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I am trying to setup vim to skip adding eol on last line or eof, i have tried this

:set binary
:set noeol

which is not perfect cause binary override filetype for later use.

Any other option to set this, i don't need newline on last line.

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The binary option doesn't do anything to filetype. –  hobbs Nov 9 '10 at 12:18
To whom it may concern: Why did you vote to close this? The FAQ tells that “software tools commonly used by programmers” are on-topic. –  Benoit Nov 9 '10 at 12:20
@hobbs setting file to binary disable many options, :help bin –  Dejan Ranisavljevic Nov 9 '10 at 12:42
and none of them are filetype, :help bin –  hobbs Nov 10 '10 at 0:59

4 Answers 4

I wanted to add an answer that I think can be as useful. The selected answer always remove the EOL on files even if they had one to begin with. This may be the behavior that you want, it also may not be. In my opinion I want to preserve the EOL as I originally opened the file.

What I suggest is a slight modification. Put set binary at the top of your .vimrc file. This way any files will open in binary mode. If they have no EOL then vim will detect this and leave it NOEOL. If they have an EOL then it'll recognize it as having an EOL and leave it be.

If you would like new files to also not have EOL then you should set,

au BufNewFile * set noeol

The commands for the chap would be if you always want NOEOL ever. The one thing to be aware of is that if you have a file with spaces at the bottom, then you will lose spaces at the end. This is because the following happens,

  1. VIM reads the file and see a newline at the end and thinks, OK, this is a file with a newline (regardless of whether in binary mode or not).
  2. When you then write a file it executes the autocmd,
    1. set binary mode
    2. set noeol (this deletes the EOL that VIM thought was ending the file and deletes it.
    3. the file gets saved
  3. Now you have a file that has one less EOL in it.

This process will repeat until the EOL's are gone and the file ends in a single character. With my setup, what happens is the file is opened and if VIM sees at least one EOL then it keeps it internally. If you save that file, no matter what it is there (you can check by typing set eol?. In the case that you want to get rid of that internally stored EOL you just say set noeol and then save and BOOM, the last EOL is removed.

WHOOO, I am winded typing this.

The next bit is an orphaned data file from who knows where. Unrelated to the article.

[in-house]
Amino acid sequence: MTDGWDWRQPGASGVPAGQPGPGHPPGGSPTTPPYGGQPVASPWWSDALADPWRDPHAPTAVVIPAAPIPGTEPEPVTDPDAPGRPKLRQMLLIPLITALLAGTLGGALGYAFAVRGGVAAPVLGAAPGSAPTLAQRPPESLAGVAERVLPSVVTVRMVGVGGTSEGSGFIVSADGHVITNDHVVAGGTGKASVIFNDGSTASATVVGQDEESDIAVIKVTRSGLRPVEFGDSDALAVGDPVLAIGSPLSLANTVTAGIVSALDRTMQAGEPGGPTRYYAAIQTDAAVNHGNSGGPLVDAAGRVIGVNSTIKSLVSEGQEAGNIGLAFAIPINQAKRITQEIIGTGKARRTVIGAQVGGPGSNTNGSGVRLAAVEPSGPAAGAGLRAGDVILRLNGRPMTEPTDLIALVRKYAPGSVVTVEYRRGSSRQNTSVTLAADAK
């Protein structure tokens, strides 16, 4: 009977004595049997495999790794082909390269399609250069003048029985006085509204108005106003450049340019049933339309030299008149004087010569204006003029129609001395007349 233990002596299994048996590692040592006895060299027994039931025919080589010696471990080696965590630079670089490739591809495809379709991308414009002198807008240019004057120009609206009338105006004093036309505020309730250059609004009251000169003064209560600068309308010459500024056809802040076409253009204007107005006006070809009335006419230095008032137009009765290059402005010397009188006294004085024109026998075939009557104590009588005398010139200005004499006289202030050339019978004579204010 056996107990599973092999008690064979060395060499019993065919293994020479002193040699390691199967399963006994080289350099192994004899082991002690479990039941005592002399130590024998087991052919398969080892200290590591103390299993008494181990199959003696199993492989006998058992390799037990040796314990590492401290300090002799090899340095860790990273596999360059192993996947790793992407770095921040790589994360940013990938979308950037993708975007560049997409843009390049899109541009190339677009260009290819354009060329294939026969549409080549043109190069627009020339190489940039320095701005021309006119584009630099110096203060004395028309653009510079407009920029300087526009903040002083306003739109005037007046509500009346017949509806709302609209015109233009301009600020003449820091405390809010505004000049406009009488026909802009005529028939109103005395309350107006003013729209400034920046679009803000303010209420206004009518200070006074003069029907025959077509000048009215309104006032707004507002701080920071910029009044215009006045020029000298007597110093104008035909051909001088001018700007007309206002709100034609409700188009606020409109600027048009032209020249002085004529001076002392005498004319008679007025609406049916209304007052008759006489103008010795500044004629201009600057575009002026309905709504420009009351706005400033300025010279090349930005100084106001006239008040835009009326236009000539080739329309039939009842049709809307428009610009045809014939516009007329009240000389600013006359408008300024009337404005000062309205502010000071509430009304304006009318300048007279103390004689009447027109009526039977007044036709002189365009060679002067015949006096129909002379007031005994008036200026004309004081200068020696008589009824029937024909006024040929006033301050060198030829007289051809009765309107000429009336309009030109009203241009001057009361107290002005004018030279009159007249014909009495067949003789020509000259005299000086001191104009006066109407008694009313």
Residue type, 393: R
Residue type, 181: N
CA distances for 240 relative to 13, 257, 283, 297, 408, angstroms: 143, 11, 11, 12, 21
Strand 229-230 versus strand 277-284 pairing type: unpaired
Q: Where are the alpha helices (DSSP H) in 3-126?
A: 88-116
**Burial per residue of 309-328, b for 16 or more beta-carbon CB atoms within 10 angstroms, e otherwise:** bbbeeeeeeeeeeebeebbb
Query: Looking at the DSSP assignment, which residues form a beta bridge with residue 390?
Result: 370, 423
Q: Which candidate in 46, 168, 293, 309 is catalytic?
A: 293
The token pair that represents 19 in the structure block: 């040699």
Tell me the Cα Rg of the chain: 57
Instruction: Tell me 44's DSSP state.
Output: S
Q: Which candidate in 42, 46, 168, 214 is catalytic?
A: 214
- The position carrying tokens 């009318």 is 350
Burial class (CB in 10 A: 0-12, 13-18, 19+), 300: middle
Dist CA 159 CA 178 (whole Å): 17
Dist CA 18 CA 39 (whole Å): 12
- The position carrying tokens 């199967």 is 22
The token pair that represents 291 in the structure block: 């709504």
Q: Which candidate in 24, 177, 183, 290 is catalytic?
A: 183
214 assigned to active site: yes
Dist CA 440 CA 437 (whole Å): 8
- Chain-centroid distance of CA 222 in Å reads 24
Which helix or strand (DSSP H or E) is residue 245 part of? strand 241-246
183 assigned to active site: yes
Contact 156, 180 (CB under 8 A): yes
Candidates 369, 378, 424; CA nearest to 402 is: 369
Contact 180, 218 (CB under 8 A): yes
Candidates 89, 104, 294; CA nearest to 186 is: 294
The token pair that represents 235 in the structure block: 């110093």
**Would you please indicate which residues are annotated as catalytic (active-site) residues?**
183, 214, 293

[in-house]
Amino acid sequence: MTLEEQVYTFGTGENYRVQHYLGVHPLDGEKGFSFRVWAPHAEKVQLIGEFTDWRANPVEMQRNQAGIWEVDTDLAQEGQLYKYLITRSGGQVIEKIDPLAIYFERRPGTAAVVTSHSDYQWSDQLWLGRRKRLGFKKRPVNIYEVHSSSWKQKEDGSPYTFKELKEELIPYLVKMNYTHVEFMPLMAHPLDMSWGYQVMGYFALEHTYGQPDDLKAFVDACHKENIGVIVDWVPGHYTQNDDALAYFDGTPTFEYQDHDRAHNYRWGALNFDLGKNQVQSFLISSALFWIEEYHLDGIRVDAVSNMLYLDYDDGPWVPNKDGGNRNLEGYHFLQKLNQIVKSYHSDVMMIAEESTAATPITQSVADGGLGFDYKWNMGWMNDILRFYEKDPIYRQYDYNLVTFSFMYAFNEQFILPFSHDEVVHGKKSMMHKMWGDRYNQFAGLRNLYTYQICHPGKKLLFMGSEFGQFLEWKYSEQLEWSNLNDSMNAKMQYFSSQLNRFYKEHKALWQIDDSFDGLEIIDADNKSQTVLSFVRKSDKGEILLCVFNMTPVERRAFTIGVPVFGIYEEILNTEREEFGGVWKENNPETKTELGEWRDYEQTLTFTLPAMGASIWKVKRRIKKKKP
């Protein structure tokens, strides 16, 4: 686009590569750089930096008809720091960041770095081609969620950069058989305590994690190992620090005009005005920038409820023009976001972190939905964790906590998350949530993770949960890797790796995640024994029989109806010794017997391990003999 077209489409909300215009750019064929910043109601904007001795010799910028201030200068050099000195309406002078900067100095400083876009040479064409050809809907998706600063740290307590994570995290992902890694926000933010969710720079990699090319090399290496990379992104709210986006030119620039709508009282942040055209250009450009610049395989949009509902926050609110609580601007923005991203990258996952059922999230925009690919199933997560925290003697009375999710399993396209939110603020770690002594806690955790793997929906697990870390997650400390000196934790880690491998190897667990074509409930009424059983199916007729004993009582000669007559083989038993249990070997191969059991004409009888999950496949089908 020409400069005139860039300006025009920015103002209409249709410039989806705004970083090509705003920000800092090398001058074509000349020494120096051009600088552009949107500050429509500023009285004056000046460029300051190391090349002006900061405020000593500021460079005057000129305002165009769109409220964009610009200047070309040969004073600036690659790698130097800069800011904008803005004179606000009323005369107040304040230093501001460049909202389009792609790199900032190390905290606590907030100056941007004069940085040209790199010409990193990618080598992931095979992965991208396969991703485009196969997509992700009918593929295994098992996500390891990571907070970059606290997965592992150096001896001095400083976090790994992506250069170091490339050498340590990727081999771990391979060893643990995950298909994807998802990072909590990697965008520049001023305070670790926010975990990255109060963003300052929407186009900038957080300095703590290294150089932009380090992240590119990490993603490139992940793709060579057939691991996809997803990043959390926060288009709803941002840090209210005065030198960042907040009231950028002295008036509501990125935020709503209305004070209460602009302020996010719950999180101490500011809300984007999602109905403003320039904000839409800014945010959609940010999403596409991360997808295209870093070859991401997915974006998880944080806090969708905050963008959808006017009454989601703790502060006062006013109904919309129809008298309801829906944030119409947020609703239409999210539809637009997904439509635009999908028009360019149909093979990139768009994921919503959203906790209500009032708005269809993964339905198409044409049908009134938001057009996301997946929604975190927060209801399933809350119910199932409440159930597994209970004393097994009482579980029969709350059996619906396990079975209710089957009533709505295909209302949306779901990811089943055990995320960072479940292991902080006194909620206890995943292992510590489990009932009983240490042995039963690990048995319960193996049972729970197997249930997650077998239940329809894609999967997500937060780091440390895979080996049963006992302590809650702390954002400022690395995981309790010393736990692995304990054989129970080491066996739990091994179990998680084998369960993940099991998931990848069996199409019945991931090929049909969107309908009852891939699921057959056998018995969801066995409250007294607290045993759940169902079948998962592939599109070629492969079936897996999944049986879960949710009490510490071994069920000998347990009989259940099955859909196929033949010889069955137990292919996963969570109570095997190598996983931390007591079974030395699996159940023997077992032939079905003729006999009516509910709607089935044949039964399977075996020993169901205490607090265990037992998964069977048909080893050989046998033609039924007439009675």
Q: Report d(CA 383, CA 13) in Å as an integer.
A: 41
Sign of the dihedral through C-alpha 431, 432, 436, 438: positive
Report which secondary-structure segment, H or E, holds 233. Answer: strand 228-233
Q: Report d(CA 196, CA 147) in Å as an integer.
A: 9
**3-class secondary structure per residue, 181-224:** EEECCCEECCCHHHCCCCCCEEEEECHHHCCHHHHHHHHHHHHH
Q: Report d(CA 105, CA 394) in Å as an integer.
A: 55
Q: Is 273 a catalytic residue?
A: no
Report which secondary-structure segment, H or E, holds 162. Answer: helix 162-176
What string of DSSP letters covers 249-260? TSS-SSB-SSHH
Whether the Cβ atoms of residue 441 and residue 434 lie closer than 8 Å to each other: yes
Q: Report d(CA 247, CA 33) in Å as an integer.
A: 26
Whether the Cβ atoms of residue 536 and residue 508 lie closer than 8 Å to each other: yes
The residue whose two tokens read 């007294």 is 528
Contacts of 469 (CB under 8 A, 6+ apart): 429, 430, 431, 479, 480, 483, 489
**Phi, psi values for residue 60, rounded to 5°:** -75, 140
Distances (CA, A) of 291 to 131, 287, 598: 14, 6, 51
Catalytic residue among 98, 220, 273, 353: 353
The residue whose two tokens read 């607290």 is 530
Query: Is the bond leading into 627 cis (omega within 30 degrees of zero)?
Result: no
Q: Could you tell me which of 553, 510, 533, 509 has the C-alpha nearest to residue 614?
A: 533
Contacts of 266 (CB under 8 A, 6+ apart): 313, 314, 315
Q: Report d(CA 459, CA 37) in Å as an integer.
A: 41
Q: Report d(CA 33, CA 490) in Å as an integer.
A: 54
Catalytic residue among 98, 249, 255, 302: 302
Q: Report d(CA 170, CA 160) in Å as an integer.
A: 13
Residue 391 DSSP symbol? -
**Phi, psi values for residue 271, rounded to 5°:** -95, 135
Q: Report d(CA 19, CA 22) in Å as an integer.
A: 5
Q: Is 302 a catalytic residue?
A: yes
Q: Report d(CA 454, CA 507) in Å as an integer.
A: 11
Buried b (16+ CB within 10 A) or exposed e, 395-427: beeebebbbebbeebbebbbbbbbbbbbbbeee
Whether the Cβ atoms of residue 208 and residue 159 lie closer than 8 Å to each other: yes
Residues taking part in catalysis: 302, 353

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up vote 6 down vote accepted

This is even better i found somewhere:

au BufWritePre * :set binary | set noeol
au BufWritePost * :set nobinary | set eol
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Also it will be useful for some cases to prepend set noeol in your .vimrc by default. –  FelikZ Mar 19 at 11:04

From vim documentation:

'binary' 'bin'      boolean (default off)
            local to buffer
            {not in Vi}
    This option should be set **before** editing a binary file.  You can also

You should therefore use vim -b or :e ++bin file, or reload using :e! ++bin.

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Binary doesn't work for me, cause it reset filetype, any other option to disable eol on eof? –  Dejan Ranisavljevic Nov 9 '10 at 12:26
Then use :setf your_file_type to enable it back? –  Benoit Nov 9 '10 at 12:29
I need this for php files, and its to much hacking, enabling binary, setting noel, saving file, and than disabling binary and setting file type. I also use NERDTree which i would probably have to hack to get this functionality. –  Dejan Ranisavljevic Nov 9 '10 at 12:39
This is the best answer by far! In 1 sentence you give 3 powerful solutions to the OP's issue. I was able to combine vim -b myfile and :set noeol to meet my needs and now I have a skill that I can take anywhere. I don't have to have my .vimrc file to be powerful. I know how to use the power of the editor. –  Richard Bronosky May 16 '13 at 18:45

I have came up with this:

" php remove eol from end of file
autocmd FileType php setlocal noeol binary fileformats="mac,unix,dos"

Thank you all.


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